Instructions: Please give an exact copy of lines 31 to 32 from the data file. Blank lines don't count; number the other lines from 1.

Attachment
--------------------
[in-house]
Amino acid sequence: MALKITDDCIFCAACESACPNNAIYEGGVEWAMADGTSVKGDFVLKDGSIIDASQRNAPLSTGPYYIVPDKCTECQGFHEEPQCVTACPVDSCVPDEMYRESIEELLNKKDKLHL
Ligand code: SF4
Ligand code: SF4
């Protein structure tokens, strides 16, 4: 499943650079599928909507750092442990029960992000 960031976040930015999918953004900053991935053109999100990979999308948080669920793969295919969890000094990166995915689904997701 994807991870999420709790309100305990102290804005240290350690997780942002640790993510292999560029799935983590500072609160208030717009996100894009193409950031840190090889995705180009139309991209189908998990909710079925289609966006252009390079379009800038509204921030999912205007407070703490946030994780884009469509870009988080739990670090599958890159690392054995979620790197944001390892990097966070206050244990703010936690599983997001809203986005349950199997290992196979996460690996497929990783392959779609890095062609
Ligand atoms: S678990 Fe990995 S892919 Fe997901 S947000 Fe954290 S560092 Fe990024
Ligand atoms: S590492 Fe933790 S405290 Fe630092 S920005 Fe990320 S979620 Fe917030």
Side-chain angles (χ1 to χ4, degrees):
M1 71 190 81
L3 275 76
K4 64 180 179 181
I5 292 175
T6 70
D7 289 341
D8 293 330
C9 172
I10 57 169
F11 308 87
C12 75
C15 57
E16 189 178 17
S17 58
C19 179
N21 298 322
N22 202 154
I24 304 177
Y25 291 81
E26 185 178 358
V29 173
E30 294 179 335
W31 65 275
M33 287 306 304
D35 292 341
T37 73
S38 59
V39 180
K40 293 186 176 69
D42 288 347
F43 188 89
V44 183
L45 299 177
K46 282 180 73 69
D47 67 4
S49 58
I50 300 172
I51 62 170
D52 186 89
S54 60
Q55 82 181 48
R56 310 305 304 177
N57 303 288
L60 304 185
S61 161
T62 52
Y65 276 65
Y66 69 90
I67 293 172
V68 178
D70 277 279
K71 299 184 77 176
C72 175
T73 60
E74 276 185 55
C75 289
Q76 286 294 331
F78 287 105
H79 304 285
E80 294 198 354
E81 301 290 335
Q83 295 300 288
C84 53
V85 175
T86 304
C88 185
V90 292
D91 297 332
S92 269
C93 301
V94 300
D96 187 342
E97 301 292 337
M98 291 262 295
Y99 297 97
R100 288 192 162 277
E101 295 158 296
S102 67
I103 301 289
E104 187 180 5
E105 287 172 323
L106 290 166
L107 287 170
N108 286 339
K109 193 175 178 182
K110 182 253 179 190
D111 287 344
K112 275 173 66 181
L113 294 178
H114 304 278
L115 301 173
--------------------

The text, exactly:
W31 65 275
M33 287 306 304